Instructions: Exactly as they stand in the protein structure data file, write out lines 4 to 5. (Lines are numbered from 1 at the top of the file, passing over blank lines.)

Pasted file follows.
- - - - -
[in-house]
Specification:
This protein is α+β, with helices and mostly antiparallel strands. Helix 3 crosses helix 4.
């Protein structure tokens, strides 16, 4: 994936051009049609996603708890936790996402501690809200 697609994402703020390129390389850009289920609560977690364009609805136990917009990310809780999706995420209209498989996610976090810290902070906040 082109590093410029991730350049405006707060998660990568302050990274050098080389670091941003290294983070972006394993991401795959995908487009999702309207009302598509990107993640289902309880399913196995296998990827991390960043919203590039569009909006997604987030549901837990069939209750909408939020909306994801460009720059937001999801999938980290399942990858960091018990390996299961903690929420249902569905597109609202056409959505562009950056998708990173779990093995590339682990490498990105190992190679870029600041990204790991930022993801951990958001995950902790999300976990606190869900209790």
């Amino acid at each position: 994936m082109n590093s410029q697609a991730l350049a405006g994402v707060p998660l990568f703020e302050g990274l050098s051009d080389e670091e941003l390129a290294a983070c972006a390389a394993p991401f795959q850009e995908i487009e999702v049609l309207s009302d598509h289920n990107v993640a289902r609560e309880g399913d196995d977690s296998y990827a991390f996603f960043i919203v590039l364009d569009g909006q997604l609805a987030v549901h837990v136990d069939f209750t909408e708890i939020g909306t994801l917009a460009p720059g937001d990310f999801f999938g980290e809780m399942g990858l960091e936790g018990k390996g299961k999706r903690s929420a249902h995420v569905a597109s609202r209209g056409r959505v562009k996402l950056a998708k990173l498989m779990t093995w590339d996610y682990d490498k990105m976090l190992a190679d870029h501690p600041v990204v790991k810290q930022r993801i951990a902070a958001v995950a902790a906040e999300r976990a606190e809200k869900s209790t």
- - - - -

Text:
């Protein structure tokens, strides 16, 4: 994936051009049609996603708890936790996402501690809200 697609994402703020390129390389850009289920609560977690364009609805136990917009990310809780999706995420209209498989996610976090810290902070906040 082109590093410029991730350049405006707060998660990568302050990274050098080389670091941003290294983070972006394993991401795959995908487009999702309207009302598509990107993640289902309880399913196995296998990827991390960043919203590039569009909006997604987030549901837990069939209750909408939020909306994801460009720059937001999801999938980290399942990858960091018990390996299961903690929420249902569905597109609202056409959505562009950056998708990173779990093995590339682990490498990105190992190679870029600041990204790991930022993801951990958001995950902790999300976990606190869900209790």
């Amino acid at each position: 994936m082109n590093s410029q697609a991730l350049a405006g994402v707060p998660l990568f703020e302050g990274l050098s051009d080389e670091e941003l390129a290294a983070c972006a390389a394993p991401f795959q850009e995908i487009e999702v049609l309207s009302d598509h289920n990107v993640a289902r609560e309880g399913d196995d977690s296998y990827a991390f996603f960043i919203v590039l364009d569009g909006q997604l609805a987030v549901h837990v136990d069939f209750t909408e708890i939020g909306t994801l917009a460009p720059g937001d990310f999801f999938g980290e809780m399942g990858l960091e936790g018990k390996g299961k999706r903690s929420a249902h995420v569905a597109s609202r209209g056409r959505v562009k996402l950056a998708k990173l498989m779990t093995w590339d996610y682990d490498k990105m976090l190992a190679d870029h501690p600041v990204v790991k810290q930022r993801i951990a902070a958001v995950a902790a906040e999300r976990a606190e809200k869900s209790t």